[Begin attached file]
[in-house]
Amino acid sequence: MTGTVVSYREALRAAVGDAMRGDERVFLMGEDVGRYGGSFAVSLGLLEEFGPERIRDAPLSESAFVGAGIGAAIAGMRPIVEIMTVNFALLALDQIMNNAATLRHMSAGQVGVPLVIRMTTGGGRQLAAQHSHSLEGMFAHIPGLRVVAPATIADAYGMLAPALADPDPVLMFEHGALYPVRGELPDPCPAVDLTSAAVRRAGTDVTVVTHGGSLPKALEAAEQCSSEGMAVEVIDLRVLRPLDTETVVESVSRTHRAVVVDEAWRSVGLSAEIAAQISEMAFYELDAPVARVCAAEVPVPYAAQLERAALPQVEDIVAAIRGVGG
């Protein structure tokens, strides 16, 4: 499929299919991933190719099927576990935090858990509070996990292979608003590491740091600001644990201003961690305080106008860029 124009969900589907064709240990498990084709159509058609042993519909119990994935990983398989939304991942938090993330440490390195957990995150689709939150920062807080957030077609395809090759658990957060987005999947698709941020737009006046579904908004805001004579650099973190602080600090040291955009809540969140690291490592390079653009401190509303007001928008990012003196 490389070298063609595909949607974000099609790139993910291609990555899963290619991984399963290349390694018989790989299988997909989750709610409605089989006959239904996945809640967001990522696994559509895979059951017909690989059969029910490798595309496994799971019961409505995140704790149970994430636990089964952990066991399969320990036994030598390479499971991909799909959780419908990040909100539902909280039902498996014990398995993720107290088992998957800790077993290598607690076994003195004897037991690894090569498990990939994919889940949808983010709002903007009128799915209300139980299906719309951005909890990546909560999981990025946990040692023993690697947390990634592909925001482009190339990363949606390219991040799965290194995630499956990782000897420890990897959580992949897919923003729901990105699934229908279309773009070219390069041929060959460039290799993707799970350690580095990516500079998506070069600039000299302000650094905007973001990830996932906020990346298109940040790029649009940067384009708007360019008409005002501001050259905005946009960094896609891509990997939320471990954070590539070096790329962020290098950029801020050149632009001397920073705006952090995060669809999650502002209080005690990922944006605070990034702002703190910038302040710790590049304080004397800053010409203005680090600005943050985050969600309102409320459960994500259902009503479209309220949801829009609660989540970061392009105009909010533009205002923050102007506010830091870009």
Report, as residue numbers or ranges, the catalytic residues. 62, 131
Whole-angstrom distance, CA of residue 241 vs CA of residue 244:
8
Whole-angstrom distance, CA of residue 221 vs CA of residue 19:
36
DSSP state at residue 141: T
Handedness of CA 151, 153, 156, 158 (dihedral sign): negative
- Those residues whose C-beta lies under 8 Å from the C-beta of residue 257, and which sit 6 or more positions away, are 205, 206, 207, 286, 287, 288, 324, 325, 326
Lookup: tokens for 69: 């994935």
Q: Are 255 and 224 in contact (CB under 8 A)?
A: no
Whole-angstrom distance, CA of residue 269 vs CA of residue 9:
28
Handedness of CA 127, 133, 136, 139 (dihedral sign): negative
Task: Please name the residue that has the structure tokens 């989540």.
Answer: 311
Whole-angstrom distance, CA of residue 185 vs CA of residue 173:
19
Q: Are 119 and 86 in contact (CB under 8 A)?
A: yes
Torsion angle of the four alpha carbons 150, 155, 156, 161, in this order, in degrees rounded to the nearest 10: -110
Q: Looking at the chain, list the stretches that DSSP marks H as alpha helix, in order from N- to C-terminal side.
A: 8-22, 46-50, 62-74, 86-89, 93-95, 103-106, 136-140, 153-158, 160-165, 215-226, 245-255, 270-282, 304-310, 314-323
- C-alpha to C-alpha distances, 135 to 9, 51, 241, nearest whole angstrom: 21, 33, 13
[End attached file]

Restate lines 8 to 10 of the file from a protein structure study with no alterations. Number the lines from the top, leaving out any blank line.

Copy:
36
DSSP state at residue 141: T
Handedness of CA 151, 153, 156, 158 (dihedral sign): negative